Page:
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Congress general secretary Digvijay Singh on Thursday stuck to his claim that the the Batla House encounter in New Delhi was "fake" even as Home Minister P Chidambaram insisted that the gunfight between security forces and terrorists was "genuine".
Singh also said that now after the lapse of so much time, he feels a judicial inquiry into the episode is not possible.
"I stand by the opinion I formed two-three days after the encounter after knowing all the facts. I stick to my stand on it," he said when asked about Chidambaram's disagreeing with his contention that the 2008 encounter was fake.
Terming it as his personal opinion, Singh wondered how can five six bullets hit somebody in the head in an encounter.
At the same time, he said he does not doubt the courage and the sacrifice made Delhi Police Inspector Mohan Chand Sharma who was killed in that counter.
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Asked about the Home Minister's views, Singh said "He has more facts and also has the government reports."
Singh recalled that he had also approached Prime Minister Manmohan Singh for a judicial probe into the incident following which an inquiry by National Human Rights Commission was conducted but during the investigations, the "aggrieved parties were not called, which was not proper".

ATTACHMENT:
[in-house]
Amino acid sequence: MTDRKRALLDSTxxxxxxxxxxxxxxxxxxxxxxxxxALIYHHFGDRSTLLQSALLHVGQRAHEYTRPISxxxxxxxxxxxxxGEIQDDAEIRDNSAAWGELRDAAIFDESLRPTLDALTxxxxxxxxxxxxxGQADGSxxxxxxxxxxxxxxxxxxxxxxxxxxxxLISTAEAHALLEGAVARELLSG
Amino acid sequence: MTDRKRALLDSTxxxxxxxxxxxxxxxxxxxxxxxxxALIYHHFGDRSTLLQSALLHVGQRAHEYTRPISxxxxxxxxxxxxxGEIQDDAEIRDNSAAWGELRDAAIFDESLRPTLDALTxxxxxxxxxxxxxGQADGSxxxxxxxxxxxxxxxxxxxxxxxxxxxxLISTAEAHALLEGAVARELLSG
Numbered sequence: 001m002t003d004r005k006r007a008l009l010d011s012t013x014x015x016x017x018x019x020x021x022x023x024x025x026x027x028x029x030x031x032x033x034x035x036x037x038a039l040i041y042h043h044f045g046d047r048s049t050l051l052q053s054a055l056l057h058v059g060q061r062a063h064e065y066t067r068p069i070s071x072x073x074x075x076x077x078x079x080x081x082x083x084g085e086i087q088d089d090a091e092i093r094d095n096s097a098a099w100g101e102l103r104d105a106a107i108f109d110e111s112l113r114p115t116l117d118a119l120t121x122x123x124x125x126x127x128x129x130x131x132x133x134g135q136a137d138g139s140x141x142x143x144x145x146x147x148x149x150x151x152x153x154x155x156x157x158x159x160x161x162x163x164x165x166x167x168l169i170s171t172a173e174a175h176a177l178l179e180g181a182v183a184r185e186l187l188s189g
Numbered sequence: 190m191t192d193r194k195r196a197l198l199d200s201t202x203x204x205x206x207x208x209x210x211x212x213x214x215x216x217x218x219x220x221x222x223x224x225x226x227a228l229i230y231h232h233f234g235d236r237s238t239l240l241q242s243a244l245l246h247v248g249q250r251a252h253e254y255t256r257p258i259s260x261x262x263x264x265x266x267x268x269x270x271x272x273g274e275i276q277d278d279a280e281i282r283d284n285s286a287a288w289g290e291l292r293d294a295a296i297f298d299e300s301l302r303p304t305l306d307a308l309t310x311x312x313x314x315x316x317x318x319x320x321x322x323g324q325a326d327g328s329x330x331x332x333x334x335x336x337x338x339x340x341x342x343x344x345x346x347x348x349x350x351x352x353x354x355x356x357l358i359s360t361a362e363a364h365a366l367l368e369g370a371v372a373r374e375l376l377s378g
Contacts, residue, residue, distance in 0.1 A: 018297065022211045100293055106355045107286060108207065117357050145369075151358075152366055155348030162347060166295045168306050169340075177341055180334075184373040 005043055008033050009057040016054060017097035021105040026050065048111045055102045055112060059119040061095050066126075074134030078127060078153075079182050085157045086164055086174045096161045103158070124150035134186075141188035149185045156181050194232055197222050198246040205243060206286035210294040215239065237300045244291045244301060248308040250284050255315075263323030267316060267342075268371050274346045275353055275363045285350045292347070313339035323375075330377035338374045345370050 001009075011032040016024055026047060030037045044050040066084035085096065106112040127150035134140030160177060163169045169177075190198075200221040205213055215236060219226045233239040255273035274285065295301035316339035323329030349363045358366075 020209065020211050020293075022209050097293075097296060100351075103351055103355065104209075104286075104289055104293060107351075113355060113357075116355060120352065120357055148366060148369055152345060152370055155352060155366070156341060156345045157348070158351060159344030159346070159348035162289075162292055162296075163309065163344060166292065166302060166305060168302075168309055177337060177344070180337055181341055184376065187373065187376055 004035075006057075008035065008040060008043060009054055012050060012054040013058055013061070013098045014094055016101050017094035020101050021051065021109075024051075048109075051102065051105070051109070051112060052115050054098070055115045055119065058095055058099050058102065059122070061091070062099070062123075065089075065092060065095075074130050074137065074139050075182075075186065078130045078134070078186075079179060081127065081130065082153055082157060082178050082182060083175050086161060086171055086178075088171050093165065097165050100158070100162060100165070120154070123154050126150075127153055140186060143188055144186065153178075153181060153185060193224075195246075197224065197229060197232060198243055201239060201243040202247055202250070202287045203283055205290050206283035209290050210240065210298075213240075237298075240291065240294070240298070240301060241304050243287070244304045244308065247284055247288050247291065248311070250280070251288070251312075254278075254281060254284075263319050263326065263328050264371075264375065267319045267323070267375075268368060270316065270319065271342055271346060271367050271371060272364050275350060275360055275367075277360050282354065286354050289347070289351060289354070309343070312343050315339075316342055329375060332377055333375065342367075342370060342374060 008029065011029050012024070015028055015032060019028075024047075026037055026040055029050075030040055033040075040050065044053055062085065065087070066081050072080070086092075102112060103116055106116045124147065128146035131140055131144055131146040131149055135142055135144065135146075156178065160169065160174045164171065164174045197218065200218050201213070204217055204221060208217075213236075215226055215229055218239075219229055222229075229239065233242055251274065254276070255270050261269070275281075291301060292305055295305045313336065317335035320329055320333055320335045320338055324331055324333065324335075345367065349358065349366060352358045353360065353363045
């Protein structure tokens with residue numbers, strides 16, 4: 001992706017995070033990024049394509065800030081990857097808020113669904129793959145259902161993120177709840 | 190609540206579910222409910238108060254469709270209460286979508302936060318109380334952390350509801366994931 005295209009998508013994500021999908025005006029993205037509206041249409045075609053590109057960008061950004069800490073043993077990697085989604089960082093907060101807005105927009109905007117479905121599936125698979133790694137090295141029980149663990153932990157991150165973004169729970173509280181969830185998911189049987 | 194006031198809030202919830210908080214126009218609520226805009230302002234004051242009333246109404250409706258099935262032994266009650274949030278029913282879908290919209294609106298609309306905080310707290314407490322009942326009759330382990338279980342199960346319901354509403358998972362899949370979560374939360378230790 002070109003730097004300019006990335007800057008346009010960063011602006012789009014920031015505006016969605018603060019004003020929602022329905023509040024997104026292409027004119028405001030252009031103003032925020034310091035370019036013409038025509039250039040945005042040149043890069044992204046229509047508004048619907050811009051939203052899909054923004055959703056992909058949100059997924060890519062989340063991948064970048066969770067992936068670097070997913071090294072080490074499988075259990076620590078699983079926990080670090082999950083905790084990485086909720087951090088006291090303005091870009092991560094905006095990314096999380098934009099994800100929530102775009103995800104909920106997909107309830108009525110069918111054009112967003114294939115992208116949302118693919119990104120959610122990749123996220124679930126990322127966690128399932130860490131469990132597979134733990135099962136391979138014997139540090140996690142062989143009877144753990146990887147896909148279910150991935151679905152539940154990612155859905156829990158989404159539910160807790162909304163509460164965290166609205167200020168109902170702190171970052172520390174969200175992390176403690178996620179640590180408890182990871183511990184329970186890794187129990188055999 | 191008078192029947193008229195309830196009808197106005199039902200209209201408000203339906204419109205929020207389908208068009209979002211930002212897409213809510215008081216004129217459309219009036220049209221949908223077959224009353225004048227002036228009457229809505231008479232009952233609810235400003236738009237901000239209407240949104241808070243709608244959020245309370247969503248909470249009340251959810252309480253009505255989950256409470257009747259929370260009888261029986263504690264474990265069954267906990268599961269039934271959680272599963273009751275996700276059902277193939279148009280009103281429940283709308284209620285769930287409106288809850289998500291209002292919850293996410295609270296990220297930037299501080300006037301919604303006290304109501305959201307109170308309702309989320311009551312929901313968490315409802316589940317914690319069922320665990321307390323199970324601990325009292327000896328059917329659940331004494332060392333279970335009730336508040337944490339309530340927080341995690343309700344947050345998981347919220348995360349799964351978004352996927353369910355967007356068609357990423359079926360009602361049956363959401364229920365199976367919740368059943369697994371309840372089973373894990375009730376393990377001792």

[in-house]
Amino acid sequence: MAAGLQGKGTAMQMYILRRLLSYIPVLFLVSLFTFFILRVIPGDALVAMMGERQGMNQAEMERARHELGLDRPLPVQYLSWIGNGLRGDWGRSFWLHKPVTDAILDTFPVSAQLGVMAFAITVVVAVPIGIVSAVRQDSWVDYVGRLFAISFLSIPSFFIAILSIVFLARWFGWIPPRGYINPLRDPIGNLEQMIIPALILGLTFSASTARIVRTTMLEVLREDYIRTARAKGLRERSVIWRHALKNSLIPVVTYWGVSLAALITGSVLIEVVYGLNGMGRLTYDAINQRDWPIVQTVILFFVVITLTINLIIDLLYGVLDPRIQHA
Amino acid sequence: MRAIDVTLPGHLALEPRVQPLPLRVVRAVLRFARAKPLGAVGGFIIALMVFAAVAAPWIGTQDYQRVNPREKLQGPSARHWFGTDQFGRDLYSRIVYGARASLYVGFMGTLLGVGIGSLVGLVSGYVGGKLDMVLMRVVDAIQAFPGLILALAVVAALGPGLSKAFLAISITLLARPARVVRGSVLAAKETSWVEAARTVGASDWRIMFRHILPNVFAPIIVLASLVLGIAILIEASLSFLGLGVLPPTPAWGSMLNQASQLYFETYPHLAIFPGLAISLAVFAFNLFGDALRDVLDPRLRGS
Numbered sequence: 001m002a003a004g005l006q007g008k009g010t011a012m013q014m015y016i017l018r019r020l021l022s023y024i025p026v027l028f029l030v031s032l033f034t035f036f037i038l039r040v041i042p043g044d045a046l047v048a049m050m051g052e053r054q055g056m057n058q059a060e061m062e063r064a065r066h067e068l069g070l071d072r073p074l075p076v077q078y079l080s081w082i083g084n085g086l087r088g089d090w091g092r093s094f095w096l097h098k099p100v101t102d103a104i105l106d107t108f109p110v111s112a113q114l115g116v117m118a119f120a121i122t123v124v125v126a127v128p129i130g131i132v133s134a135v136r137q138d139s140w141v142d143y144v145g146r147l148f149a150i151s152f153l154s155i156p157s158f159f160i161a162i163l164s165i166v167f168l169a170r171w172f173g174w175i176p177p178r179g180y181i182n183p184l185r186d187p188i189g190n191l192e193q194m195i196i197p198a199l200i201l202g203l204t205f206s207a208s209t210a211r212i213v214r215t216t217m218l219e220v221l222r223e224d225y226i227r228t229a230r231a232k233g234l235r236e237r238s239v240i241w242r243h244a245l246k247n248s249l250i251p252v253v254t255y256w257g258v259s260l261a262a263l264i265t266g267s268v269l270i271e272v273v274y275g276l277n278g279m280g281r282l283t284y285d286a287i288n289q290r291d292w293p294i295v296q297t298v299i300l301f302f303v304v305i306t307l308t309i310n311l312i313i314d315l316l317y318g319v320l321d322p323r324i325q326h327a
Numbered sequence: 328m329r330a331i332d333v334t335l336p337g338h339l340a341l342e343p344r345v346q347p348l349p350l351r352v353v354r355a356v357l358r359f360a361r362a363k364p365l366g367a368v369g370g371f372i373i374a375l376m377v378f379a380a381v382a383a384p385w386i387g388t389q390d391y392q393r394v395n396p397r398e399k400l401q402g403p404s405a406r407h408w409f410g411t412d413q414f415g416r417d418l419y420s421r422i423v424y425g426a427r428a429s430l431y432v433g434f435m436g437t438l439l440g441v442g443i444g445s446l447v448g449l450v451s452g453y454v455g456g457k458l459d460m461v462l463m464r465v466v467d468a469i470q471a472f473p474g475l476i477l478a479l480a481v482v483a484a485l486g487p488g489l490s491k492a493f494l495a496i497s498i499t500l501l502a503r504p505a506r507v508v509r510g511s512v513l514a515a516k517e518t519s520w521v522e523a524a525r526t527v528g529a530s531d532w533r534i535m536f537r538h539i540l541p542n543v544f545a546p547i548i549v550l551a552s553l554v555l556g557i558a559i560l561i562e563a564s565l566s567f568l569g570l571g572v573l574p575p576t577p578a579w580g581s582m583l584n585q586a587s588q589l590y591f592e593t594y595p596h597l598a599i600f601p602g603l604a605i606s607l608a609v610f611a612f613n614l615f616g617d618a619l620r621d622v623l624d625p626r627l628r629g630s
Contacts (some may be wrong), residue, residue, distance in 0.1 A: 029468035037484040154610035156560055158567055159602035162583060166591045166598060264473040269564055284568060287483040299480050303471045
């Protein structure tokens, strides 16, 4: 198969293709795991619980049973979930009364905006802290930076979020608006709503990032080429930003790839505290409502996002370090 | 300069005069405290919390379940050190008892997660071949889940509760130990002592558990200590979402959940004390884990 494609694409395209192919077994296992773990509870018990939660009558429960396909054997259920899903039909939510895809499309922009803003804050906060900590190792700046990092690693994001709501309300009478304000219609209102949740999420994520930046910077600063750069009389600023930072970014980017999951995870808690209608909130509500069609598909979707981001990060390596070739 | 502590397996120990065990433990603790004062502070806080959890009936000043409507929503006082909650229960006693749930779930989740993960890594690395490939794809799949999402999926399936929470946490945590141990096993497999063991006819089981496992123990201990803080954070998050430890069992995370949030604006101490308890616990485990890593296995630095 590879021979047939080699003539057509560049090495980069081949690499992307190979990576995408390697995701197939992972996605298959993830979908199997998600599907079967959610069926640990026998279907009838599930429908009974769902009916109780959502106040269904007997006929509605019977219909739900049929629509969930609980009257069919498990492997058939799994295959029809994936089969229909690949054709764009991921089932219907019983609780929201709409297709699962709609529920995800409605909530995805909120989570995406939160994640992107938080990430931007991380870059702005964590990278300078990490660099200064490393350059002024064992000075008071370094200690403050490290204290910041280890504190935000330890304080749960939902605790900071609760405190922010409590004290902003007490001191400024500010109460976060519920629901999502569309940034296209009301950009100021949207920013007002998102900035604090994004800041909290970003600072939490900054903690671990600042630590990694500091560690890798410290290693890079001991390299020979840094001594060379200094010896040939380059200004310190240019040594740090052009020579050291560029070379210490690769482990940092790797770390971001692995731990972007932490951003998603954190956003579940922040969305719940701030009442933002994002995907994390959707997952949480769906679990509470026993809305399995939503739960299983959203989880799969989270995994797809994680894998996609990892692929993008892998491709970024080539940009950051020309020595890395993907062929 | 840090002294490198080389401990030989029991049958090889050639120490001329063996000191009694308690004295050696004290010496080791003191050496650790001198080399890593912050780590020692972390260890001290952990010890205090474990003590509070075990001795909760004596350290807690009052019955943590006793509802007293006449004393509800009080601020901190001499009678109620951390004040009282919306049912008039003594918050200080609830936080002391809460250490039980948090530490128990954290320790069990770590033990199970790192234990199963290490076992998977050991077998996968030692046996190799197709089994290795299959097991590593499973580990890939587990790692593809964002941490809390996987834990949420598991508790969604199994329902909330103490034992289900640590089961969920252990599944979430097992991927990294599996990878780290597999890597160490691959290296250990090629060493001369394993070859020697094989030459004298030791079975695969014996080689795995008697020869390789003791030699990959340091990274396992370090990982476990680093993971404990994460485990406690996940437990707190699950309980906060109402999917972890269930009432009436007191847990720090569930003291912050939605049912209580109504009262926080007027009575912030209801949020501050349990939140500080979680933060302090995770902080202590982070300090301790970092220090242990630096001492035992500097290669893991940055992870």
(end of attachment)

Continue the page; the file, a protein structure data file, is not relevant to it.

Asked whether the issue was closed for him, he said "the issue of getting justice to all these 26 boys as speedily through a free and fair trail is now our topmost priority. That we are demanding and we shall do it," he said.
"Now, the priority is ensure a speedy judicial process in the matter" he said.
Singh had raked up the Batla issue in Uttar Pradesh on Wednesday in which he said he always believed that the Batla House encounter was "fake" and had tried to get government and the home ministry to investigate the matter but did not succeed.
"The prime minister and the home minister were of the view that the encounter was true. That's why I did not press it further," Singh had said.
Dismissing Singh's claim, Chidambaram on Thursday said the encounter was indeed genuine and there was no scope for reopening the case.
The home minister said that it was the view of Digvijay Singh from the very beginning and he (Chidambaram) respected his (Singh's) view.
"But every authority who has looked into it (the case), has agreed that it was a genuine encounter. So, while there is a difference of opinion, I think the matter rests where it stands today. I don't think there is any scope for reopening that matter," he said.
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